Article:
Space Surveillance Sensors: The Haystack HUSIR Upgrade (September 9, 2012)

The X-band Haystack Long Range Imaging Radar (LRIR) is currently undergoing an upgrade that will add a W-Band (92-100 GHZ) imaging capability for satellites in low earth orbits.  The upgraded system will be known as the Haystack Ultrawideband Satellite Imaging Radar (HUSIR).  The W-band capability will provide a bandwidth of 8 GHz, eight times greater than the previous X-band capability, and is expected to be operational in 2013.  The previous X-band capability, which provided an imaging resolution of about 25 cm out to geosynchronous orbit, will be retained and is expected to be back in operation in 2012. 

  

Installation of the new Haystack antenna (photograph from Lincoln Laboratory 2011 Annual Report, p. 27).

 

Previously Proposed Upgrades

A 1993 paper discussed a potential W-Band upgrade to the Haystack radar.[1]  The objective of the proposed upgrade was to achieve a sensitivity comparable to the existing X-Band Haystack LRIR but with a bandwidth of 8 GHz and a resolution of 3 cm.  This paper stated the goals for the amplifier of the proposed upgrade were a peak power of 100 kW, an average power of 30 kW, with pulse lengths of between 30 μs and 1.0 ms and a maximum duty cycle of 30%.  The proposal required a new antenna, which was estimated to provide a gain of 84 dB.  It was estimated that under favorable viewing conditions (normal winter atmosphere with clouds, 60˚ elevation angle, a single 100 μs pulse would provide a sensitivity S = 51.8 dB (1 m2 target, range of 1,000 km).  This is very similar to the current sensitivity of the X-band LRIR, suggesting that the W-band radar might also be capable of imaging out to geosynchronous orbit altitudes.[2]  However, unlike the X-band radar, the W-band radar was very sensitive to moisture in the atmosphere.

A 2001 Naval Research Laboratory report stated that to meet Space Command requirements, the Air Force had proposed an 8 GHz bandwidth Haystack upgrade that would have a peak power > 5 kW and a duty cycle of 20%.[3] This upgrade was described as enabling the imaging of the “increasing number of orbiting micro-satellites.”

 

The W-Band Upgrade

There appear to be relatively few technical details about the HUSIR upgrade publicly available.  The new W-band capability will operate between 92 and 100 GHz, with a bandwidth of 8 GHz.  Although there do not appear to be any official claims about resolution, it has been repeatedly described as providing almost a factor of ten improvement, which would indicate a resolution as low as about 3 centimeters.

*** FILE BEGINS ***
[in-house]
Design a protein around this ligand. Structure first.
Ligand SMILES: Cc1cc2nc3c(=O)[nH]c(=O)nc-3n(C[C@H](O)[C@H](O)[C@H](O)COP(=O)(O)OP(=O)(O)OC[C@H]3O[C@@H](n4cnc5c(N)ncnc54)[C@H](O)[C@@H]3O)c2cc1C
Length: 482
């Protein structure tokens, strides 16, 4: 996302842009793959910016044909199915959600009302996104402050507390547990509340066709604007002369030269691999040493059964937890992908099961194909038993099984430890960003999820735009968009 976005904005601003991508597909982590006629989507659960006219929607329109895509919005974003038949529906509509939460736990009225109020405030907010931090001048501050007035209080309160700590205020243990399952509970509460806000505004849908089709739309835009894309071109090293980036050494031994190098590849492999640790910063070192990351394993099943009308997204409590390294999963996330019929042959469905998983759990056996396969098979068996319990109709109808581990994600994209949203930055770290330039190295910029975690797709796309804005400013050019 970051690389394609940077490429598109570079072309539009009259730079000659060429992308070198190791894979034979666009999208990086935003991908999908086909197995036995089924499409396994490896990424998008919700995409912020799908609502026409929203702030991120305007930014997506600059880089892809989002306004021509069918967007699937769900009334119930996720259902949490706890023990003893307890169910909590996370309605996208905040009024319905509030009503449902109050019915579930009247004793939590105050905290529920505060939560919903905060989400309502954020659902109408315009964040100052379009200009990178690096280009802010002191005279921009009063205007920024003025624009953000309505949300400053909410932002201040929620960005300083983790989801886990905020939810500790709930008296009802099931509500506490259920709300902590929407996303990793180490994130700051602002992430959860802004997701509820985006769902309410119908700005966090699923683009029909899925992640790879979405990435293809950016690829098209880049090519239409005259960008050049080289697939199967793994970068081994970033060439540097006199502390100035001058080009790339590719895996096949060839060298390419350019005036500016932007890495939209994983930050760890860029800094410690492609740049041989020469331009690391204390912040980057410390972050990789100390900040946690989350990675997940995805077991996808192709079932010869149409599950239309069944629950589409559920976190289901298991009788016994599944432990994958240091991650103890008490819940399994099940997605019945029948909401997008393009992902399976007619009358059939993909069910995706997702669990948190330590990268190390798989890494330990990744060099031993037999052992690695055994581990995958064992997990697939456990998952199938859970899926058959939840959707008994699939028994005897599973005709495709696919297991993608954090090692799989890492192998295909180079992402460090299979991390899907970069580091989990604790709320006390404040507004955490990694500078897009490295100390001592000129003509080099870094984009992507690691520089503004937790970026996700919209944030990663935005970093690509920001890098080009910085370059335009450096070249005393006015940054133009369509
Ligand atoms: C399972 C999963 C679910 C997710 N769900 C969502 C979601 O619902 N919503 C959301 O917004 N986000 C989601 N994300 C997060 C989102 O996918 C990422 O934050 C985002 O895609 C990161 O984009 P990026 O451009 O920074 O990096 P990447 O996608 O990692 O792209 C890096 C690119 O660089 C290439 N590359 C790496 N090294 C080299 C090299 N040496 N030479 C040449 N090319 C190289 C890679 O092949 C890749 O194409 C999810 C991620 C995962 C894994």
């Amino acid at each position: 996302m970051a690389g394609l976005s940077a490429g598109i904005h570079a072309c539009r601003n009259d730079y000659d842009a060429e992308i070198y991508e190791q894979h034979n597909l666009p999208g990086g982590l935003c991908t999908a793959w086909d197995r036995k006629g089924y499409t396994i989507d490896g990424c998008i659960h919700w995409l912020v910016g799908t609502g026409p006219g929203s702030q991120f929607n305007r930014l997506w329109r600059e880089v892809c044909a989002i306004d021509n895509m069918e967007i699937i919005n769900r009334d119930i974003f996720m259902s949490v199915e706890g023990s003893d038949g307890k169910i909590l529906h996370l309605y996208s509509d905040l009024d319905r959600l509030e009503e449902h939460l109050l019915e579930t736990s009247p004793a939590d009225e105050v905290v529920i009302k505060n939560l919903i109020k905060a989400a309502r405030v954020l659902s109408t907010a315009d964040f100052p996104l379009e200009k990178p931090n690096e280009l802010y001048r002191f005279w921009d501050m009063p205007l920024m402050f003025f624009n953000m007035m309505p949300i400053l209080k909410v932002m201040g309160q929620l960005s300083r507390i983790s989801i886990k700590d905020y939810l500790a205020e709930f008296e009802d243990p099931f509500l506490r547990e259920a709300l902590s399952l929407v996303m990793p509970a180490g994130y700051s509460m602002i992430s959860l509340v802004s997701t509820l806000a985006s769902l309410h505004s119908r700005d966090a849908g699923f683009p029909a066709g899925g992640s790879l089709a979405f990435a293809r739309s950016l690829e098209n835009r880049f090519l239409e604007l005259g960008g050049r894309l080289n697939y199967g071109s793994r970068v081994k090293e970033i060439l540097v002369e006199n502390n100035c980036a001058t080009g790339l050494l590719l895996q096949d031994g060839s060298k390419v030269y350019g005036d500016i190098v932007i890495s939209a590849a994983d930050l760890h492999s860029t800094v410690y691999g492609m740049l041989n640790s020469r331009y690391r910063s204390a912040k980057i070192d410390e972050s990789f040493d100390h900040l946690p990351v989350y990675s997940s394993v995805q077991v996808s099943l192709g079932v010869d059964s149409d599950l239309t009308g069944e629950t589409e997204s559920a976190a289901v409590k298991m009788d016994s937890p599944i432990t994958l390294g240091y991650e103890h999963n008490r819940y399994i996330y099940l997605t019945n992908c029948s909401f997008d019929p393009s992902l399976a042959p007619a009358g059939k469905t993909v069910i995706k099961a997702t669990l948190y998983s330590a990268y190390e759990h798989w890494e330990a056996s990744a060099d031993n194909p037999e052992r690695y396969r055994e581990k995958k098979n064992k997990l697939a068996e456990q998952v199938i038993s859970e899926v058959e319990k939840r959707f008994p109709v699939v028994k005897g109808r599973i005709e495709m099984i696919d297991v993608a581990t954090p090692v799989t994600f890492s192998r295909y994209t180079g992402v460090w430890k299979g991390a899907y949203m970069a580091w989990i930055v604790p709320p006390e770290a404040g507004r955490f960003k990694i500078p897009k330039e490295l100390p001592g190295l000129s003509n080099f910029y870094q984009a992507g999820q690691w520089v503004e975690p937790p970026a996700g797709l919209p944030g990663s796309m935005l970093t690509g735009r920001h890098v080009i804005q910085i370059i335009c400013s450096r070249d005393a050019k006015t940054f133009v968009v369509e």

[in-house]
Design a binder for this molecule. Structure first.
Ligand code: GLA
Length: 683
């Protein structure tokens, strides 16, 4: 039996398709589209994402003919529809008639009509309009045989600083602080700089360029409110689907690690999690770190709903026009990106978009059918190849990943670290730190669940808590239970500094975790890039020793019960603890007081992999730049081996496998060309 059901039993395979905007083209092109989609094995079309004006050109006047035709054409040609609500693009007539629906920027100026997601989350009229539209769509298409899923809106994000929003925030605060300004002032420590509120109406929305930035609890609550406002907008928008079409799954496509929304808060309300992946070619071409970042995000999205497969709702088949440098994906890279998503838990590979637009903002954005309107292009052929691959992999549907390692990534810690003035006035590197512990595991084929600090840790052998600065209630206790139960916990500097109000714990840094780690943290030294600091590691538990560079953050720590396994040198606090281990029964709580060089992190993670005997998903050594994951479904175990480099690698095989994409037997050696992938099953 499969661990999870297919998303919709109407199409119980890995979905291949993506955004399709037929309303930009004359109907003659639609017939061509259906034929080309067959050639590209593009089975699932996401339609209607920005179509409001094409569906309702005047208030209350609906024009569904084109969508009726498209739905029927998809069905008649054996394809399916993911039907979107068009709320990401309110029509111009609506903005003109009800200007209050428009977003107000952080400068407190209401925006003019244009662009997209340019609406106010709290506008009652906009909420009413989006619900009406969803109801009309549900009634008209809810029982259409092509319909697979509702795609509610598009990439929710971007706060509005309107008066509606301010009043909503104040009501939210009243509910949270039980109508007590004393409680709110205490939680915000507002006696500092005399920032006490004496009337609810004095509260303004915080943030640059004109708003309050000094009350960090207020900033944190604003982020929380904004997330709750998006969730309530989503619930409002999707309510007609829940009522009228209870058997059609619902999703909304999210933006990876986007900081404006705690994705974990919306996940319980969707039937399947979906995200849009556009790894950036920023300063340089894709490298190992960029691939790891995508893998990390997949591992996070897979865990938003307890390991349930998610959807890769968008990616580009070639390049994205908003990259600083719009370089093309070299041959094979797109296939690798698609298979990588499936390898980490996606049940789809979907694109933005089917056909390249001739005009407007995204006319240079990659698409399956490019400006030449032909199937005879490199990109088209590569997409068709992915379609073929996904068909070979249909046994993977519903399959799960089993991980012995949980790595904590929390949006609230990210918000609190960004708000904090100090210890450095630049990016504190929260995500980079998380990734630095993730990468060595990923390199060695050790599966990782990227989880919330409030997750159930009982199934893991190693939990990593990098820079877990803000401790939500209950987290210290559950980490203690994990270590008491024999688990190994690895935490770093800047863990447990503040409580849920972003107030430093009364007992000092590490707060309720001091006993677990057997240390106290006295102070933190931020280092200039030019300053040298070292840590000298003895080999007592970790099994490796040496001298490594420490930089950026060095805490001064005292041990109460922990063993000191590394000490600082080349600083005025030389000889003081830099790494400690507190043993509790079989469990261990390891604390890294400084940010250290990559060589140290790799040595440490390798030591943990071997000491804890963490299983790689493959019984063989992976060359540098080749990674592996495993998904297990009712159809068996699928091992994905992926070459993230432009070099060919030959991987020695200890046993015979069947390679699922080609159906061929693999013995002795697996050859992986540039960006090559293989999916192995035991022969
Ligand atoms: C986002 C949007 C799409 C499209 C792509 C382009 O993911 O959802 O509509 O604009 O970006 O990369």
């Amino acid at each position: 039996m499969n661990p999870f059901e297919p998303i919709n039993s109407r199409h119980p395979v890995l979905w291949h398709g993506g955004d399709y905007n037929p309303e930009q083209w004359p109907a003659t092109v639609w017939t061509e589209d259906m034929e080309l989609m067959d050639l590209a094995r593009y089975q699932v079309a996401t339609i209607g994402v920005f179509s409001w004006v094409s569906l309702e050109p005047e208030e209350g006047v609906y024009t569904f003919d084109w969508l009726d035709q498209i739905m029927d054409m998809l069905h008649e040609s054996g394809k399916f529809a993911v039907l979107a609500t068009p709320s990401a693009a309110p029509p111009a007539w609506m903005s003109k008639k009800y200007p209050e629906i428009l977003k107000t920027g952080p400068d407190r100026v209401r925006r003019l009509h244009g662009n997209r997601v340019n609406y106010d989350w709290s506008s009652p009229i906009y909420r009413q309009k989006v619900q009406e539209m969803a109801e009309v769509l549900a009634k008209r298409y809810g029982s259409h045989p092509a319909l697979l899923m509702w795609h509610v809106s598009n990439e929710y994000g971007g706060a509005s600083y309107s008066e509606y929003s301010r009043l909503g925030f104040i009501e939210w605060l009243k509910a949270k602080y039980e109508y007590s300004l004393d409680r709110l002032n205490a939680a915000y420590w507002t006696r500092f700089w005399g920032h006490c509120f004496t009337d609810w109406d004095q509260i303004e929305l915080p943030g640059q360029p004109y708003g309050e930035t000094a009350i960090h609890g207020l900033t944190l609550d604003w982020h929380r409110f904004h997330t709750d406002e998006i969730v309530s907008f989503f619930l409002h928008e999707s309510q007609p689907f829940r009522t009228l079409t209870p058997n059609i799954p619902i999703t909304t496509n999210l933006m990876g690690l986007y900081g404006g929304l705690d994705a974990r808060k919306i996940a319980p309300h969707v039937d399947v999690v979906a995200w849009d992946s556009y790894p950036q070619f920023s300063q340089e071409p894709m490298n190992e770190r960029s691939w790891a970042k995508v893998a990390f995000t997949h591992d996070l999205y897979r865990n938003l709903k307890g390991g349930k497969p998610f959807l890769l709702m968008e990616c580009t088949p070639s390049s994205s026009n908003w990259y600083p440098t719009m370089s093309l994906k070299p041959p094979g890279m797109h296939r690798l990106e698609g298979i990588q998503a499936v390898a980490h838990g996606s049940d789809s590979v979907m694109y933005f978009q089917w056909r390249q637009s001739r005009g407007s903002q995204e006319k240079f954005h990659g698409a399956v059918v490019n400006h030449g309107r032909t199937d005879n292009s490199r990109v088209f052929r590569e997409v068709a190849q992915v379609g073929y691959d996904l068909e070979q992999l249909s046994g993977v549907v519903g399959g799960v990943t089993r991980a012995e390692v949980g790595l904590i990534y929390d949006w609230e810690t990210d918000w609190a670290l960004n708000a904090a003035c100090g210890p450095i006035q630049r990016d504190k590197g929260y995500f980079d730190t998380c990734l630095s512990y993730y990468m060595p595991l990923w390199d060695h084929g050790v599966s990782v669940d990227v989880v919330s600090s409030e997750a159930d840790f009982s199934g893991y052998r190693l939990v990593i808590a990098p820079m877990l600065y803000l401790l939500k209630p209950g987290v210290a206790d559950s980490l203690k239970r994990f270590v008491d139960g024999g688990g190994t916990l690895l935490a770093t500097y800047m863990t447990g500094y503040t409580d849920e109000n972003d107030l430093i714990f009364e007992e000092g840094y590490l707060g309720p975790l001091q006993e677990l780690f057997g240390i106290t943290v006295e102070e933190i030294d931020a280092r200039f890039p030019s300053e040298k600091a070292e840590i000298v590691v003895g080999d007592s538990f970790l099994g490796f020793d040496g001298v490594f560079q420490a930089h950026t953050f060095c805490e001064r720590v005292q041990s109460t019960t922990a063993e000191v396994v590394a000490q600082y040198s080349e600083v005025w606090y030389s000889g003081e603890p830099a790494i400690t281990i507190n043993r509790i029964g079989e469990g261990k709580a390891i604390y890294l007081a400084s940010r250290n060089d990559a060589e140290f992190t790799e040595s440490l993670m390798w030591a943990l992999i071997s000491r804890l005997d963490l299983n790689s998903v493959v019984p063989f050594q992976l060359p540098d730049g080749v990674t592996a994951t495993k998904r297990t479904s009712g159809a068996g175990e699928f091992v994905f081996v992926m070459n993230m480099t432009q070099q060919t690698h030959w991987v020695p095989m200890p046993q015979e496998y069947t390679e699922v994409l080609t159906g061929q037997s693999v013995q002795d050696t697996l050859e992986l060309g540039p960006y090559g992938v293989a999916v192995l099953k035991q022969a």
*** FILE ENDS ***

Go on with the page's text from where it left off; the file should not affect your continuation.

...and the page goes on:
The replacement of Haystack’s existing antenna with a new one with the same 36.6 m diameter but with finer tolerances began in 2010.[4]  Installation and initial alignment of the new antenna was completed in 2011[5]. The new antenna has a surface tolerance of 100 μm (600 μm in the old antenna) and has higher angular motion speeds of 5 degrees/second in azimuth and 2 degrees/second in elevation (2 degrees and 1.5 degrees per second, respectively for the old antenna).[6]


[1] Lee B. Spence and Richard J. Tempkin, “A Very High Power, Wide Bandwidth Imaging Radar Design,” 1993 IEEE National Radar Conference, pp. 182-185.

[2] A table in the paper indicated that the radar would have a capability against “high altitude satellites with integration.”  Spence and Tempkin, “A Very High Power,” p. 185. 

[3] G. M. Borsuk, Robert Kemerley, Bruce Wallace, Bobby Junker, Max Yoder, “DoD Investment Strategy for Vacuum Electronics R&D and Investment Balance for RF Vacuum Electronics and Solid State R&D,” Naval Research Laboratory NRL/MR/6800–01-8570, April 8, 2001.  Available at: http://www.dtic.mil/cgi-bin/GetTRDoc?AD=ADA393327.

[4] Kevin Gilmartin, “Major upgrade to Haystack radar will enable enhanced imaging of space,” Press Release, Hanscom Air Force Base, May 19, 2010.  

[5] Lincoln Laboratory, 2011 Annual Report, p. 27.  Available at: http://www.ll.mit.edu/publications/MITLL_2011_annual_report.pdf.

[6] MIT Lincoln Laboratory, 2010 Annual Report,  p. 12.   Available at: http://www.ll.mit.edu/publications/Annual_Report_2010.pdf.

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